The Cortland Free Library strives to provide information in a variety of formats and to make available library materials and programs to educate, inspire, enrich, entertain and inform the people of the Cortland area and the patrons of the Finger Lakes Library System.
The Cortland Free Library's roots extend back to 1886 when a South Cortland Farmer, Franklin Hatch, realized his dream of endowing a public library. Hatch's library, located on Court Street opposite the fire station, served Cortland residents nearly 40 years. During the early 1920's, Hatch library board president John Suggett joined citizens to reorganize the Hatch Library as Cortland Free Library. The Library was charted in 1926. The library first served just the city of Cortland and now includes the Town of Cortlandville.
Major facility expansions have occurred since the library opened in 1927: shelving for the glass mezzanine was purchased in the 1930's, the separate Children's Room was opened in 1961, additional mezzanines were constructed in 1975 and 1989, and handicap accessibility was also added in 1975.
Annual appropriations received from both Cortland and the Town of Cortlandville provide the bulk of Cortland Free Library's operating funds. New books purchases are paid by non-tax dollars: fines, memorial donations and other contributions including library-benefit used book sales.
The Cortland Free Library, a member of the Finger Lakes Library System, houses over 110,000 volumes comprised of children's books, as well as adult fiction and non-fiction books, nearly 300 periodicals, over 8,000 reference volumes, five computer terminals with Internet access, and approximately 1,000 audio books. In microfilm format are the Cortland Standard since its inception in 1867, the New York Times since 1966, and smaller runs of the Wall Street Journal, Syracuse Post Standard, the Cortland Democrat, and several 19th century local papers. Since the library is a member of the Finger Lakes Library System, there is access to over fifteen databases for health information, college choices, national newspapers, periodicals, references, encyclopedias, authors and other resources.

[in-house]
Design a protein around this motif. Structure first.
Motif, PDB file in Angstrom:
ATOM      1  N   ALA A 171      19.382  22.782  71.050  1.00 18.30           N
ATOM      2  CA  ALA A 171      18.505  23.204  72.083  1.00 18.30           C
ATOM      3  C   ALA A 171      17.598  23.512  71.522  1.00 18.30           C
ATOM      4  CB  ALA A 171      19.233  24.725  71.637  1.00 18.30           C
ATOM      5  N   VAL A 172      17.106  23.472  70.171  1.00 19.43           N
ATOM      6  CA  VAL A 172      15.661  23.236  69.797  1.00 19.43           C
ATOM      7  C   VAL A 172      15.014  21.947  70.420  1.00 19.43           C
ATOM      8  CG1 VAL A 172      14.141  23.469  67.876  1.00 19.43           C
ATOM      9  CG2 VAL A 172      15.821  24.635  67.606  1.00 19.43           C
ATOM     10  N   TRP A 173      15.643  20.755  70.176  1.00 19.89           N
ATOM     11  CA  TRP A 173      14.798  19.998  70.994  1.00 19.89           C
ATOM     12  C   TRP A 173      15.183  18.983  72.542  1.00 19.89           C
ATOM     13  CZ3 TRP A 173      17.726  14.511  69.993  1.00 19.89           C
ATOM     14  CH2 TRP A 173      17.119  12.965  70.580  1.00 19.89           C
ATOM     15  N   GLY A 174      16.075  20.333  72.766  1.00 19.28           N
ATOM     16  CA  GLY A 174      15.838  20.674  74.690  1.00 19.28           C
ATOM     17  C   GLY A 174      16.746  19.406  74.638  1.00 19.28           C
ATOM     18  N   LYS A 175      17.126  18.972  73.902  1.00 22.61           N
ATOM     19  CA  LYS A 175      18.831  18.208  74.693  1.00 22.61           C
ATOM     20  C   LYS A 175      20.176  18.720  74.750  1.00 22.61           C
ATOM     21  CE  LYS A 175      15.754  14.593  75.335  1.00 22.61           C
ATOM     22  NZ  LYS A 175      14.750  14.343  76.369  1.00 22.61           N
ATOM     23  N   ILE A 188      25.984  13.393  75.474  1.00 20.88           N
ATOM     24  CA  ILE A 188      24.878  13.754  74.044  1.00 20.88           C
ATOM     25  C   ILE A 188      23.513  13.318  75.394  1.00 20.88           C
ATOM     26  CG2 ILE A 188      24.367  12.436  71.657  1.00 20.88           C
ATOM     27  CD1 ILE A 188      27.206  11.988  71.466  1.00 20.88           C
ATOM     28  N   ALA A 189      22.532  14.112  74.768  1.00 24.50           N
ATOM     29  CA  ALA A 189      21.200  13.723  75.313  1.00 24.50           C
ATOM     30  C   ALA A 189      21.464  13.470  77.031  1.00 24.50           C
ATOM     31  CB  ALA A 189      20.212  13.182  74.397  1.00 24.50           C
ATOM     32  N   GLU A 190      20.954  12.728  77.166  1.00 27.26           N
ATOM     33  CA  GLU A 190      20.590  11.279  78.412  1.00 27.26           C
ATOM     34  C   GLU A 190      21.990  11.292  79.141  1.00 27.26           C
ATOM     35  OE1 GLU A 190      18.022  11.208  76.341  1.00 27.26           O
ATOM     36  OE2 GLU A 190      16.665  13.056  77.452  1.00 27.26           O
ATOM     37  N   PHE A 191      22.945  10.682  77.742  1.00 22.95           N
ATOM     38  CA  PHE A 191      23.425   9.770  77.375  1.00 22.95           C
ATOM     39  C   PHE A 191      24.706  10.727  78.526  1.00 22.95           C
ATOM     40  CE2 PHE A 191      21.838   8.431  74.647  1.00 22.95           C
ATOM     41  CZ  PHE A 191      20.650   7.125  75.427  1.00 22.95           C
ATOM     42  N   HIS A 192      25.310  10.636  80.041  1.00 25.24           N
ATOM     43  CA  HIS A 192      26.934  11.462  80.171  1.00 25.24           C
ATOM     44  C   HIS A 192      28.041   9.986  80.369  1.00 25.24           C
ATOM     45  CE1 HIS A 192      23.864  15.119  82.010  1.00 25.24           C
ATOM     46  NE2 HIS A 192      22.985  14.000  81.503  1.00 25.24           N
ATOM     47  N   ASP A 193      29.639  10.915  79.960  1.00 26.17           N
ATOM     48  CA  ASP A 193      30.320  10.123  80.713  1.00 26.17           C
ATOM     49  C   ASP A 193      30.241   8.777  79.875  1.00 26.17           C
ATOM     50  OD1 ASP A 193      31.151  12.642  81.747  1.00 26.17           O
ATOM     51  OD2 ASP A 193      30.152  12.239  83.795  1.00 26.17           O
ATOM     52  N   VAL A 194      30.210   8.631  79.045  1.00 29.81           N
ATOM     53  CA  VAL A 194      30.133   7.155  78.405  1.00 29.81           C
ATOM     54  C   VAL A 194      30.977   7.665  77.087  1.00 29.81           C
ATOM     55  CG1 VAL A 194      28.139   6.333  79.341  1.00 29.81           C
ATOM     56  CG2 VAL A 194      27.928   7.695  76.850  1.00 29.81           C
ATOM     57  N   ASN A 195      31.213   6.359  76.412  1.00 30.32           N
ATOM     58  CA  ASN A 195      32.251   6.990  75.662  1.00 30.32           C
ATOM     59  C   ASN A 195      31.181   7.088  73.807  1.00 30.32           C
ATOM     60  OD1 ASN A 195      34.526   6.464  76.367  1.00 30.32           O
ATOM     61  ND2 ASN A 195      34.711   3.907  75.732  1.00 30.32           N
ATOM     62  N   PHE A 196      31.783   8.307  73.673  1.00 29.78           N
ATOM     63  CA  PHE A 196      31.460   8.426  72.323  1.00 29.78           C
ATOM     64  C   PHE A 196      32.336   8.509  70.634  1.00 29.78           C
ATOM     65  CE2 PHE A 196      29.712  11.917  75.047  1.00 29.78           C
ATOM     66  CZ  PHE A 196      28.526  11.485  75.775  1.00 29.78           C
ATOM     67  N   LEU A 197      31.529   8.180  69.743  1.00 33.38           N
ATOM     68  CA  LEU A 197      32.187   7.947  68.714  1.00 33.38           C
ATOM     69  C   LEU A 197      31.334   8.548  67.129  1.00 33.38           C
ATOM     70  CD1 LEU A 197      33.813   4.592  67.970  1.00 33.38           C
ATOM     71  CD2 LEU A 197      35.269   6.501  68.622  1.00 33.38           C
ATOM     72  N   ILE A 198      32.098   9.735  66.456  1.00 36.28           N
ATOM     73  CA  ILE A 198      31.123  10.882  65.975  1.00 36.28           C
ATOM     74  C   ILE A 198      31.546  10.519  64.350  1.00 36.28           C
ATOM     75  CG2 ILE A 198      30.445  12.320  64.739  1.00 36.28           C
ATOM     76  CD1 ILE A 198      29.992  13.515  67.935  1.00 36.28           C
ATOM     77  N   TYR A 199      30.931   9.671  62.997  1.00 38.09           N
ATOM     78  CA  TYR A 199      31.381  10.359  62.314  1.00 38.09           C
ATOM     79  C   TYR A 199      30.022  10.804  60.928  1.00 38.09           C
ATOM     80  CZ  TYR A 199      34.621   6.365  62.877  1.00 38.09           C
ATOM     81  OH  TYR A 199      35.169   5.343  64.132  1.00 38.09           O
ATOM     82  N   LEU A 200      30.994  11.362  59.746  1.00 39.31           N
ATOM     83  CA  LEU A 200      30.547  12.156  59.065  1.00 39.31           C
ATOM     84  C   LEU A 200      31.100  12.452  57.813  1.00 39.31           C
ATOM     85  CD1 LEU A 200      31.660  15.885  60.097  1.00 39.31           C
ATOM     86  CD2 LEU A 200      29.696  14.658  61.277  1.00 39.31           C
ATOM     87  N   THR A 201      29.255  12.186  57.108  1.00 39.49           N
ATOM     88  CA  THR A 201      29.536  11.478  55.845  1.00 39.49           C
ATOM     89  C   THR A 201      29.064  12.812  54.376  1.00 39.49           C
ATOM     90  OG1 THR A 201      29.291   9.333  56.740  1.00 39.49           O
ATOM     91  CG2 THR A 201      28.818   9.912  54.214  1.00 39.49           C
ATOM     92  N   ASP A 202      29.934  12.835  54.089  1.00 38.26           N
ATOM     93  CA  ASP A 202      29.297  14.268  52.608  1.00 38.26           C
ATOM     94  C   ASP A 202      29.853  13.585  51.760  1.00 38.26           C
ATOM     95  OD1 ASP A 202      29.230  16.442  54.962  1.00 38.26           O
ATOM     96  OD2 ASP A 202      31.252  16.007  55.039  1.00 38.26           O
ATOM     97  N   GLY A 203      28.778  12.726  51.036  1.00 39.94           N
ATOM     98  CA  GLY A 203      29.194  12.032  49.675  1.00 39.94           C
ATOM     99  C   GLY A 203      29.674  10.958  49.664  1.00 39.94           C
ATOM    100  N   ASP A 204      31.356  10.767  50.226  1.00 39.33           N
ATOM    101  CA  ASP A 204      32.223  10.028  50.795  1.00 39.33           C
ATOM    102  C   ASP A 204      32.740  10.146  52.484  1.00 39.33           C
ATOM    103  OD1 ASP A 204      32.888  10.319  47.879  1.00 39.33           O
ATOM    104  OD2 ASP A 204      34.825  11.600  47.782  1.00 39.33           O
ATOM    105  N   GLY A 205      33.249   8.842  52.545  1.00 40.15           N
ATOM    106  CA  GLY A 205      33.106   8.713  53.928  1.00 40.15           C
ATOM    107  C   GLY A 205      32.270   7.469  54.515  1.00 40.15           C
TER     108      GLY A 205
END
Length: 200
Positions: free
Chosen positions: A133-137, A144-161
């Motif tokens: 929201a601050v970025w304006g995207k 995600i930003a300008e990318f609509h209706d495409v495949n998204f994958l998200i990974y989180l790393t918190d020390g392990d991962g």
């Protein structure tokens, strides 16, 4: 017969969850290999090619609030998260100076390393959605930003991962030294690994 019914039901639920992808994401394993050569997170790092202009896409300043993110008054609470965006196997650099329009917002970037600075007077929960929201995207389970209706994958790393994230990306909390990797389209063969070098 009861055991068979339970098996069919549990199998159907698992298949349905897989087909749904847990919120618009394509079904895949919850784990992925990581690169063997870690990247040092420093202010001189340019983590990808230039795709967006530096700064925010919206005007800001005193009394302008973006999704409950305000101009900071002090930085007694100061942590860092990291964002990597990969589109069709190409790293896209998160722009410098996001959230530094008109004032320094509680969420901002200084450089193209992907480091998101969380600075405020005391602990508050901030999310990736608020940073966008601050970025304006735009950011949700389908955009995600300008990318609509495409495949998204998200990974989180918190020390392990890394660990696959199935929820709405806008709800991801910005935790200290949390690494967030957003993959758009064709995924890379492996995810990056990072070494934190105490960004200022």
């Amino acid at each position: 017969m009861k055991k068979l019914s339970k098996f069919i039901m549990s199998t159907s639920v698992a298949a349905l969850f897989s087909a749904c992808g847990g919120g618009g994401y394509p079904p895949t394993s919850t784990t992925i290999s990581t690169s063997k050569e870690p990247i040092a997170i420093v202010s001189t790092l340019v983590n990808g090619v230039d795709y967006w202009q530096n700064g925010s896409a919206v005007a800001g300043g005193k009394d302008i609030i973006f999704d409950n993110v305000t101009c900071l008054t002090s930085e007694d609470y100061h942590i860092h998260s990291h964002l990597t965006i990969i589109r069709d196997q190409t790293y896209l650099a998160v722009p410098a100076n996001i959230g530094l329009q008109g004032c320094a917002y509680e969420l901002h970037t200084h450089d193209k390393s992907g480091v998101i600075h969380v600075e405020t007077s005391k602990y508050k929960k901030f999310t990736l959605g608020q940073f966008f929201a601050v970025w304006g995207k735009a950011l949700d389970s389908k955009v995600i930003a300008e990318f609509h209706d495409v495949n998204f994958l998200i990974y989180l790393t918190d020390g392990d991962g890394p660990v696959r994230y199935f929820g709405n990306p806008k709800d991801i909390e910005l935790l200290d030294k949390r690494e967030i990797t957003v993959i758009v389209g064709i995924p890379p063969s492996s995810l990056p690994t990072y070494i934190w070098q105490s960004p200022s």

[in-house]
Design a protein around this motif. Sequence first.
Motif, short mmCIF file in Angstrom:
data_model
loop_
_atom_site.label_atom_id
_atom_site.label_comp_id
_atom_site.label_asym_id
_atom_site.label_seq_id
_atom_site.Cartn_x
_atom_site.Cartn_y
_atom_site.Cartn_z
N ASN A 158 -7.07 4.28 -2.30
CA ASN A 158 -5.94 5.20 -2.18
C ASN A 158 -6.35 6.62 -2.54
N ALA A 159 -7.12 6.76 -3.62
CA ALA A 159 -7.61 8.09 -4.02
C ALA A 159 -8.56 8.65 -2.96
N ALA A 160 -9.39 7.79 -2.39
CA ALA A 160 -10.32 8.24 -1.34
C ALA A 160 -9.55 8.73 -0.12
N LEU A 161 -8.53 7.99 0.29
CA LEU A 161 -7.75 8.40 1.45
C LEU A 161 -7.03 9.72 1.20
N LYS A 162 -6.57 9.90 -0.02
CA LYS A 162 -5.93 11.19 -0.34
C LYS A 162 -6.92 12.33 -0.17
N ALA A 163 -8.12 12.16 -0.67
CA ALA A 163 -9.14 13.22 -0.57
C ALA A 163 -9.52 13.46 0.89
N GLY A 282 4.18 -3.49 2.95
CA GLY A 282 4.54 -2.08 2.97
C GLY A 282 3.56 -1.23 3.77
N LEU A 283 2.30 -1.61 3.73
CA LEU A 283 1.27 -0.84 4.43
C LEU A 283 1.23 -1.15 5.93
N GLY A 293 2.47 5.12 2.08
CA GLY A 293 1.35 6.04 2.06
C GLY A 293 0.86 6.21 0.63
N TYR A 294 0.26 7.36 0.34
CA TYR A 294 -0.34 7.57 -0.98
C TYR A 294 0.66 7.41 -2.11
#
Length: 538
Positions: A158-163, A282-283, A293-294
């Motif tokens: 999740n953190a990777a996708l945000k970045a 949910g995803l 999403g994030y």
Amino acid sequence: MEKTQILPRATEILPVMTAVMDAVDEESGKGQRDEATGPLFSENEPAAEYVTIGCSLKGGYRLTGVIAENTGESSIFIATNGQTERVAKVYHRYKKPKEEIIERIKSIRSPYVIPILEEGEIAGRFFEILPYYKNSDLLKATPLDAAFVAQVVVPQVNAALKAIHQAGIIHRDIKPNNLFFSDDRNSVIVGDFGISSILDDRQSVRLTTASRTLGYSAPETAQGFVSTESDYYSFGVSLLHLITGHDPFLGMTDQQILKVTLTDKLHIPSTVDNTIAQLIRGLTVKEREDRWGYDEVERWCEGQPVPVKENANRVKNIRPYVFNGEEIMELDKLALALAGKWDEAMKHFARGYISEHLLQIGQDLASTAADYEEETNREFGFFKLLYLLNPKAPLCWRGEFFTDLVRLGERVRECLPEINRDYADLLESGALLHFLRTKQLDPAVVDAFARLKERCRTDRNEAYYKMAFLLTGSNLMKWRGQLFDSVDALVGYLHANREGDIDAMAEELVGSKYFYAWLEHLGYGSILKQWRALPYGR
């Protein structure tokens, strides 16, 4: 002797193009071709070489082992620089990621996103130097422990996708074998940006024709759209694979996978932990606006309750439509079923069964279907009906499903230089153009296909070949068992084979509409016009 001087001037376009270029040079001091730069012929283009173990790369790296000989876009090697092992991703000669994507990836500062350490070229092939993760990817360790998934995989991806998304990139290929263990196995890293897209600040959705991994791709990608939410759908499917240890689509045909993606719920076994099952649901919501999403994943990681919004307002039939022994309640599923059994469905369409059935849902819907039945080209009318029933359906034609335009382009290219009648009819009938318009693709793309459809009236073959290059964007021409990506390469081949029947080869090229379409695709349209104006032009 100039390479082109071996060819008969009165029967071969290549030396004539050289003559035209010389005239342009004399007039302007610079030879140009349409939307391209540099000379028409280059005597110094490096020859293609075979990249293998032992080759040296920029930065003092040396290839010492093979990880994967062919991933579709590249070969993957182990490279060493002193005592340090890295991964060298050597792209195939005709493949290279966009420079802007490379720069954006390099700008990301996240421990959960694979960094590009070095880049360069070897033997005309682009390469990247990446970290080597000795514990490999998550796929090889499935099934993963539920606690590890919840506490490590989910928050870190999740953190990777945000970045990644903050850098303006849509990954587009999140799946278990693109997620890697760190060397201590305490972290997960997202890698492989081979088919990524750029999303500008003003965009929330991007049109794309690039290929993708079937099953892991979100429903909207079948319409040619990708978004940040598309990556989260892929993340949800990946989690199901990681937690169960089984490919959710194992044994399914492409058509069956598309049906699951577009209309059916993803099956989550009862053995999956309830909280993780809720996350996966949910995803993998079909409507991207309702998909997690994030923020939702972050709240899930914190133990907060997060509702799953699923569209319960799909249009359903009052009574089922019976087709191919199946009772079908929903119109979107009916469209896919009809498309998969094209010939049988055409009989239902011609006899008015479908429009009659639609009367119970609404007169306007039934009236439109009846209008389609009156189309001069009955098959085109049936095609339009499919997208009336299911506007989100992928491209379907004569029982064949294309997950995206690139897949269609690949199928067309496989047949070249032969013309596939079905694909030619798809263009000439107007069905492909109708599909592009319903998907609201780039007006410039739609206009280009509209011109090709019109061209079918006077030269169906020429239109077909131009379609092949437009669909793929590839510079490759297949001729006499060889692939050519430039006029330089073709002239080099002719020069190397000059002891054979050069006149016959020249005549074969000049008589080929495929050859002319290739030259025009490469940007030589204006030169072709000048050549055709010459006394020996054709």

The Adult Department offers three microfilm reader/printer machines, large print books, career resources, a local history collection, and Heritage Quest software, a genealogy program of the U.S. Census records. Adult Department books are loaned for 24 days, while magazines, audio books, and new fiction may be borrowed for 10 days. Overdue fines accumulate at the rate of ten cents per day to a maximum of four dollars per item in the Adult Department and five cents per day to a maximum of two dollars per item in the Children's Room.
The Children's Room offers a weekly toddler time on Wednesdays, a "book bag" for teachers, a separate young adult section, a playhouse, and a sofa for cozy reading.
The library publishes a periodical newsletter to keep the public informed of new services, events, resources and changes, and there is a monthly listing of new books in the Cortland Stand
Tuesday, Nov 24, 2020 at 10:00am Eastern Time
Tuesday, Nov 24, 2020 at 11:00am Eastern Time
Tuesday, Nov 24, 2020 at 12:00pm Eastern Time
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